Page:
Perhaps, I can’t help wondering, if the author thought of his or her students as people who deserve mentoring and may end up doing research that you could never have imagined yourself doing because you don’t have the skill set for it. Well perhaps the work that they do, and the work that only they can do, would be clearer.


In academia, research, social media on July 28, 2009 at 12:59 pm

I’ve been hearing more and more about millennials.  Millennials is the latest name for a generation, the one after the baby boomers (perhaps the one that is the product of what happened when the baby boomers themselves had babies).

Millennials are now entering the University, so this is one context in which I have heard this argument.  So what is the argument.  The argument is that millennials are different. And that that in turn should influence education, science, and product design/development.  Which one depends, of course, on what it is precisely you want to accomplish/argue for.

But, let’s pause for a minute.  Millennials can be used in such a way that it buries a set of phenomenally important questions.  Questions about change (often the attractive answer) and questions about stability and “business as usual” (usually the less attractive option).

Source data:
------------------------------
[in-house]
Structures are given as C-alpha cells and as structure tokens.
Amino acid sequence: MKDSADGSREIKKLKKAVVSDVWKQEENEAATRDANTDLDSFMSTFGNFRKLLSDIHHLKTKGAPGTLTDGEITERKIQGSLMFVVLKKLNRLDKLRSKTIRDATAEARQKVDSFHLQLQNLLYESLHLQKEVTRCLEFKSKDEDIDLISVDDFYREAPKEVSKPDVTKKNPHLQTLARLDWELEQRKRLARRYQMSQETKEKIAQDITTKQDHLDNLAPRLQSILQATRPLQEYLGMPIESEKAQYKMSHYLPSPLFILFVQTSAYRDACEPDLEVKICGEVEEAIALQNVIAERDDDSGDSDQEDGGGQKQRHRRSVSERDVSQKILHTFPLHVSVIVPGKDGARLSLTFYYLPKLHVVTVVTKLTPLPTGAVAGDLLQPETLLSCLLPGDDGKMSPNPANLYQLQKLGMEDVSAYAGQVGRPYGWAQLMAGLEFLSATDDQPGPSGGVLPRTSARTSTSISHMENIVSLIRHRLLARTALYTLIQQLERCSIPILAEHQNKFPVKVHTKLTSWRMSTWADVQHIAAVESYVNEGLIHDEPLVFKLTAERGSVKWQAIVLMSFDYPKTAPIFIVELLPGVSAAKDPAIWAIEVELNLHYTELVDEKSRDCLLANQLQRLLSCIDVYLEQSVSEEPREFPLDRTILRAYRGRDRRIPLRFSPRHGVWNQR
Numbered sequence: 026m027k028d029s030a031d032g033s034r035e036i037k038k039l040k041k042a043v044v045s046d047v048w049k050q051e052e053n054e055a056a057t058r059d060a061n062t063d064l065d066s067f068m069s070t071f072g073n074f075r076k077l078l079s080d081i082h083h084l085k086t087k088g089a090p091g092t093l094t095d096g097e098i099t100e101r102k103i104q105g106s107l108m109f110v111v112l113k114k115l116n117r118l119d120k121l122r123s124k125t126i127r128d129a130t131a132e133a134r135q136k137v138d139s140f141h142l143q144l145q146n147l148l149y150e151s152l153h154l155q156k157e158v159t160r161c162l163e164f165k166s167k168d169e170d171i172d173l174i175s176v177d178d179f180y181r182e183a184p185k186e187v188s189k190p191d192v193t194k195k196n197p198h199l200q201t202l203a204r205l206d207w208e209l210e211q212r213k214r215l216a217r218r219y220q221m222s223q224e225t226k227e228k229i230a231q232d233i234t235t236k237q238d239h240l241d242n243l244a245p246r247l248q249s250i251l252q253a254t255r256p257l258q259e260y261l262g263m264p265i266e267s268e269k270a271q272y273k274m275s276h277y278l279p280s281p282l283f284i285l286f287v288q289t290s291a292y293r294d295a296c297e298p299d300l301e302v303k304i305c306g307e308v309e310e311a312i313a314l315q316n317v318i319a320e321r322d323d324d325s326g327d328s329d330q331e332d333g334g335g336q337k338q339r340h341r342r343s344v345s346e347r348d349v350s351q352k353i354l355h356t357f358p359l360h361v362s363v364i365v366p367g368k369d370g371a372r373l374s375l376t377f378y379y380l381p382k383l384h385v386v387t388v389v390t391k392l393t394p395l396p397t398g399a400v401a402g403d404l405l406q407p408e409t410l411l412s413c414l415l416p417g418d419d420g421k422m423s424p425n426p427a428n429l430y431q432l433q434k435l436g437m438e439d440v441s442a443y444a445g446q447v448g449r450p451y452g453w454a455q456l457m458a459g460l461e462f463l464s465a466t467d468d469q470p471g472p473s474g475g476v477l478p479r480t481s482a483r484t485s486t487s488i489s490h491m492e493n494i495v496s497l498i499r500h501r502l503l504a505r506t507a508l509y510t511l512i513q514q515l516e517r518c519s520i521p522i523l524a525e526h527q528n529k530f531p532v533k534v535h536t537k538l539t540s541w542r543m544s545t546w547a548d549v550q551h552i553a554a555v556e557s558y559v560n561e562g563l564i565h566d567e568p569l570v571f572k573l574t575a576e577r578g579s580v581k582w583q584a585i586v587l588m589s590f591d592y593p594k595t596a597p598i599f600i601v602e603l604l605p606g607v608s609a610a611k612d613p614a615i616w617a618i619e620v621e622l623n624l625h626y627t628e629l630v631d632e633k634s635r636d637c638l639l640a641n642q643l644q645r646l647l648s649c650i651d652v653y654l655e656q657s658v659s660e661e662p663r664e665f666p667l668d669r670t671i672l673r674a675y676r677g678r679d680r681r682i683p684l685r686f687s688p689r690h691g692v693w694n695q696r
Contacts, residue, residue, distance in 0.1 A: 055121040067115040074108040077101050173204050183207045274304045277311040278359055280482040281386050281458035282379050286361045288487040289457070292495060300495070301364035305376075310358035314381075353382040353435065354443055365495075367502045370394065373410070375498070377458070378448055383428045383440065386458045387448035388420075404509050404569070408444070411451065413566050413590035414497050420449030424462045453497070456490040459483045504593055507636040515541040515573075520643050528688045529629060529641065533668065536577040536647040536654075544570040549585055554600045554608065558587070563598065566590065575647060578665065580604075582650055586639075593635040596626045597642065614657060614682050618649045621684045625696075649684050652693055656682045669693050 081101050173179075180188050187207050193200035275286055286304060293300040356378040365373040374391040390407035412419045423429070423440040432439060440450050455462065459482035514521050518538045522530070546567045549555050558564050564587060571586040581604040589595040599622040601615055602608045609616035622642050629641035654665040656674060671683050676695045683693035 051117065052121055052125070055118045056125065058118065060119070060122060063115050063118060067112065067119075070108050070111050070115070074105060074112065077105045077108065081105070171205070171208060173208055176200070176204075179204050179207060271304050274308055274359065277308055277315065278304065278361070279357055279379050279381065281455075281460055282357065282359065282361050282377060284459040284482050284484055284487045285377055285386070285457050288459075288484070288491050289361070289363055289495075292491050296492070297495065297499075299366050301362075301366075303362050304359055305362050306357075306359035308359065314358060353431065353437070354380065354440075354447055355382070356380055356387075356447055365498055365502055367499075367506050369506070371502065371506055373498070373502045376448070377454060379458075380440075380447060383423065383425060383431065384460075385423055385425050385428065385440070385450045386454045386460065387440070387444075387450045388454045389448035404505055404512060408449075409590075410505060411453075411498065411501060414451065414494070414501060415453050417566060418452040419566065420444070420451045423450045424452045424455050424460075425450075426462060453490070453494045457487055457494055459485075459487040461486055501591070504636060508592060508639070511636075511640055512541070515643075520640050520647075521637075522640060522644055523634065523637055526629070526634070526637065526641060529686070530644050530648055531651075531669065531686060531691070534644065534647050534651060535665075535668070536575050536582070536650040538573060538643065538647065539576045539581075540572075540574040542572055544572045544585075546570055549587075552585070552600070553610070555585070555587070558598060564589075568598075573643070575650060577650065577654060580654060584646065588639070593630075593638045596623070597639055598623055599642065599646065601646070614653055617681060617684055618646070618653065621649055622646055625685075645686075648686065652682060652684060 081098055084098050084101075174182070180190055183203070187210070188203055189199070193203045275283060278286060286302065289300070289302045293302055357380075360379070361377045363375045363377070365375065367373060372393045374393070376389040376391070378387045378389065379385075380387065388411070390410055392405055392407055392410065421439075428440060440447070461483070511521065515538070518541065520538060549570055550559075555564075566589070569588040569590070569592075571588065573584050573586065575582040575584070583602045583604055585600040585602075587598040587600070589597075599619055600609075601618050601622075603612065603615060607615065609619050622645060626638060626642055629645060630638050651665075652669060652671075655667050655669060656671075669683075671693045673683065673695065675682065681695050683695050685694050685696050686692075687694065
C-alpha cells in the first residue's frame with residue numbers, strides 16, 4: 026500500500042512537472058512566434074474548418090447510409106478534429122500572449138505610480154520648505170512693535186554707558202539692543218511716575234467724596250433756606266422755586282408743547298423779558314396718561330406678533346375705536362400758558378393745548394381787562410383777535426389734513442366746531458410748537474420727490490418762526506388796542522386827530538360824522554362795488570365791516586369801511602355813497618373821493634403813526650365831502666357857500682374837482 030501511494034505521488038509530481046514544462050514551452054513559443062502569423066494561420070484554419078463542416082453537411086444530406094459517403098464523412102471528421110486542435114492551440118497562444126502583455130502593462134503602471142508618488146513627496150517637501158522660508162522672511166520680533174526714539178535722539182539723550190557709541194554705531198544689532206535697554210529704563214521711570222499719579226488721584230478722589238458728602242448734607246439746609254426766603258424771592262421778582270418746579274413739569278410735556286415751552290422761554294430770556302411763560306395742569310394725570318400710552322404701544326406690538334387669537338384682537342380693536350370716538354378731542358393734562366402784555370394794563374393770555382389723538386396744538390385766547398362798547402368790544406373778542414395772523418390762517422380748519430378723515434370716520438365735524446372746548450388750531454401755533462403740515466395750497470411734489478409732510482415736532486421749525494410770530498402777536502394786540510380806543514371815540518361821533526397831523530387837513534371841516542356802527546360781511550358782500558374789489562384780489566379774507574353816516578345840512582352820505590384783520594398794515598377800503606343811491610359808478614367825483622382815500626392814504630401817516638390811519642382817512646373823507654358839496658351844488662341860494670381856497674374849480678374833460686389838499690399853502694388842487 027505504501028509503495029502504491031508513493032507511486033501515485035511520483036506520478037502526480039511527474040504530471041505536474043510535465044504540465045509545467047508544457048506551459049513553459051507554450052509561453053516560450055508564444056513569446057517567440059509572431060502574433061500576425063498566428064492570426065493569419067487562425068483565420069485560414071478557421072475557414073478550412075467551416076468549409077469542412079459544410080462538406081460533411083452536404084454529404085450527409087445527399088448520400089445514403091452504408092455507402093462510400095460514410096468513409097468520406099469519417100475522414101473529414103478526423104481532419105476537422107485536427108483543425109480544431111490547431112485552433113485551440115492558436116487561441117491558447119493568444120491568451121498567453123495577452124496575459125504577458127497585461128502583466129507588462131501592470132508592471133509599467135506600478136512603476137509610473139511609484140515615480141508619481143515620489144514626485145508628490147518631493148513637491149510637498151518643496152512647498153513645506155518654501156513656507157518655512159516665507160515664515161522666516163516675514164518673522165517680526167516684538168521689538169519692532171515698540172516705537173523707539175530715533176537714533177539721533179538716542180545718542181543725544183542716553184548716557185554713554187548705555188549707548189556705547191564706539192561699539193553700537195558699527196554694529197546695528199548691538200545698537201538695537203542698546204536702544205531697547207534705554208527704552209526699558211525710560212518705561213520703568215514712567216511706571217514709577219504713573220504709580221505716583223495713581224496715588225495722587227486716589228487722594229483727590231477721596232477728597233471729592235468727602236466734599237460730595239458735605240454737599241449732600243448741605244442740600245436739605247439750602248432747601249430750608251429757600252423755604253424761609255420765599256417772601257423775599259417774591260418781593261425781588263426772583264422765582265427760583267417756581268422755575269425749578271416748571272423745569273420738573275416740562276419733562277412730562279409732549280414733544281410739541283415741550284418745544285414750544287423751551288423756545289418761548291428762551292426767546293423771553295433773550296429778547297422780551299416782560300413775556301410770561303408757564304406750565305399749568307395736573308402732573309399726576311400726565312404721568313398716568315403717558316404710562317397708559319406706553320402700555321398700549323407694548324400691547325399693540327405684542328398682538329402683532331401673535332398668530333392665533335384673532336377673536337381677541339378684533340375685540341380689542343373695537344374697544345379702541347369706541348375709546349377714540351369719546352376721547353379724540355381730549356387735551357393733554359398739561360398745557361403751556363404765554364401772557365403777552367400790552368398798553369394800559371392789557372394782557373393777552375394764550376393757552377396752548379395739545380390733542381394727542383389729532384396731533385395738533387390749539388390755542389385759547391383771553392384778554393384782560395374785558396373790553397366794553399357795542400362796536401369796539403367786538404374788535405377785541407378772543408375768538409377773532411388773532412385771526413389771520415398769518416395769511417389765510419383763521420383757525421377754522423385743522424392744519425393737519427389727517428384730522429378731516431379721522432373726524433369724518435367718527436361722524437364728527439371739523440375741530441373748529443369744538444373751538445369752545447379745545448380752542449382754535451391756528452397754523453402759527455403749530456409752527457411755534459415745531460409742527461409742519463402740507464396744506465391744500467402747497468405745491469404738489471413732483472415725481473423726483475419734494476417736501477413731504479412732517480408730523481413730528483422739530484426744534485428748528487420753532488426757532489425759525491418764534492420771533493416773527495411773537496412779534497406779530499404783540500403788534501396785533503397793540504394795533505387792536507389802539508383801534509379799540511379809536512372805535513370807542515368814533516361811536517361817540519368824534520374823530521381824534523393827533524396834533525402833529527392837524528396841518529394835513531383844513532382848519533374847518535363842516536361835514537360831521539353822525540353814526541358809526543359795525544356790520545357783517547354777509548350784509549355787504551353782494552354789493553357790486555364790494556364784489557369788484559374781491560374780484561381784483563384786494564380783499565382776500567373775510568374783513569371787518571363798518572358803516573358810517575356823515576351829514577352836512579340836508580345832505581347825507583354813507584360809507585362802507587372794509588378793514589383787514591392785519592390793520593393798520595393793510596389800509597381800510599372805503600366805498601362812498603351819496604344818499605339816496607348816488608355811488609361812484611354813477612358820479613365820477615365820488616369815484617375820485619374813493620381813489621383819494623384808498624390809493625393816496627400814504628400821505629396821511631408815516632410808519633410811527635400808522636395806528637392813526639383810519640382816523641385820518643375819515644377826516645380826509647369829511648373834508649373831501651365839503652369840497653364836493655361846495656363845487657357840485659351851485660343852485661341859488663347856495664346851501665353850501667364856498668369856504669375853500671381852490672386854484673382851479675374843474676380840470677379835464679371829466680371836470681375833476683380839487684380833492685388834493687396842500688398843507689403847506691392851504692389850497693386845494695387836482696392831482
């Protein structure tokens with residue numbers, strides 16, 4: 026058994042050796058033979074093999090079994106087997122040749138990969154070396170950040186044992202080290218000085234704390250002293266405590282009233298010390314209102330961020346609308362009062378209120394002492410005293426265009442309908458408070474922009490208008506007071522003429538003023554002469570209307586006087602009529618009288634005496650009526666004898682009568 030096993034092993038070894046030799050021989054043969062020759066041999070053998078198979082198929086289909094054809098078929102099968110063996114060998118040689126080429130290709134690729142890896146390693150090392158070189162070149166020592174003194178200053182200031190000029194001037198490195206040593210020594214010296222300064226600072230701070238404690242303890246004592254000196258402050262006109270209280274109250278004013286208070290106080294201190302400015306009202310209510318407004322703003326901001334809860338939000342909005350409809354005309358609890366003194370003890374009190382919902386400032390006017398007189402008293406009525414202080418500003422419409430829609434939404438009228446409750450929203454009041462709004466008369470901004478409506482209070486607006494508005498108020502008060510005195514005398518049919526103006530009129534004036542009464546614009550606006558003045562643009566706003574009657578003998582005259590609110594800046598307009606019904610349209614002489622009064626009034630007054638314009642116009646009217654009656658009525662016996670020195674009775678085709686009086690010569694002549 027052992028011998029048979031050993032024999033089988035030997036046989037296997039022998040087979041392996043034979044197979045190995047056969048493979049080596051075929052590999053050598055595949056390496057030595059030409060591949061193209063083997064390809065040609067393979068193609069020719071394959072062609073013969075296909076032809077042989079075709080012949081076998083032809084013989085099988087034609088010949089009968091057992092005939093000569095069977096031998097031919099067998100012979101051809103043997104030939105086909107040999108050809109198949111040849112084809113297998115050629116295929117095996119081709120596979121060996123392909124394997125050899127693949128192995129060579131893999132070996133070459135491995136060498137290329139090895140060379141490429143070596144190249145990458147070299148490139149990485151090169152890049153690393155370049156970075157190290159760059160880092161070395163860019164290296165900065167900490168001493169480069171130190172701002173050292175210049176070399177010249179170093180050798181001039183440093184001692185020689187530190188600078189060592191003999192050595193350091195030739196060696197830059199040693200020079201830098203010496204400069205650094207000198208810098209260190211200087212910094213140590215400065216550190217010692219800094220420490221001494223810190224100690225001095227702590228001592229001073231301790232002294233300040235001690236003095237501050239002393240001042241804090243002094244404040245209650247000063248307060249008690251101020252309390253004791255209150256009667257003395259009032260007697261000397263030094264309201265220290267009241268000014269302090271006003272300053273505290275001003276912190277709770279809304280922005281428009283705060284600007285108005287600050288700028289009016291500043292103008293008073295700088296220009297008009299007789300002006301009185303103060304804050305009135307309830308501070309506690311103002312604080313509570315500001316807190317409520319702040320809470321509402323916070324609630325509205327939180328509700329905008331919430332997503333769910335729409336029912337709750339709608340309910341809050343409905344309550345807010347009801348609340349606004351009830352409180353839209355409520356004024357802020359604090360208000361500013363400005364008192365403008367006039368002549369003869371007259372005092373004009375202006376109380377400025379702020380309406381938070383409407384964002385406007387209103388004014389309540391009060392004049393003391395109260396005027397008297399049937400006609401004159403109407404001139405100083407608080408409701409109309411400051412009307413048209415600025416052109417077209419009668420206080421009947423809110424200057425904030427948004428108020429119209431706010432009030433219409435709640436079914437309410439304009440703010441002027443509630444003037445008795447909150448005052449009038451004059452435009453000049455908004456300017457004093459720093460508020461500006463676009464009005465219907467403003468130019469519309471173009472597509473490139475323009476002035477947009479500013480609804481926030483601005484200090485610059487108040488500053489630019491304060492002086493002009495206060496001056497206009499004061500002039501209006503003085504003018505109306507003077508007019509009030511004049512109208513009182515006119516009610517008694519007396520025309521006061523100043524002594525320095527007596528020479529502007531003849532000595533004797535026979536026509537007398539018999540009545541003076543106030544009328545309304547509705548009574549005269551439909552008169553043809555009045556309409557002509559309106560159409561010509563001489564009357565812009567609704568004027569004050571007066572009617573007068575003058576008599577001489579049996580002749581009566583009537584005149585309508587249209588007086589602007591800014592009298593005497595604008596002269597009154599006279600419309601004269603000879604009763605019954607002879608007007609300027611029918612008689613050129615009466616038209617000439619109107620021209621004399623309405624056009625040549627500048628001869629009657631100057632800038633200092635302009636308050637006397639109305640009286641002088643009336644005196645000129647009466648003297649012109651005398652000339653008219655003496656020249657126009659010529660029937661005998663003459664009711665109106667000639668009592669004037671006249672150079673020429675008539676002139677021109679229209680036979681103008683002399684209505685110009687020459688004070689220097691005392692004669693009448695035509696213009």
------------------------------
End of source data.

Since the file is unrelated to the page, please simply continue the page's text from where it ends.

So one of the reasons I am skeptical about the millennials arguement is evolution (a theory to which, dear reader, I subscribe—always worth saying in the United States I think).  Evolution doesn’t suggest change quite as quickly as the millennials argument does. Given that evolution has turned out to be a relatively robust theory of explaining how humans have evolved over millions of years, I’m going to bet that arguments that turn on evolution would suggest that for the types of things that evolution can explain, there’s very little, if any difference, between millennials, baby boomers and even their 8Xgreat grandparents 🙂

A second reason I want to inspect the millennials argument is institutional. The institutional arrangements in which millennials operate are not so different than the ones that their parents did. Yes, they have bank accounts, drivers licences, need to find gainful employment (mostly), … the patterns of life, the rhythms of what happens, when and why, are still being shaped by institutions (cultural, legal, governmental, etc…) that don’t change that rapidly.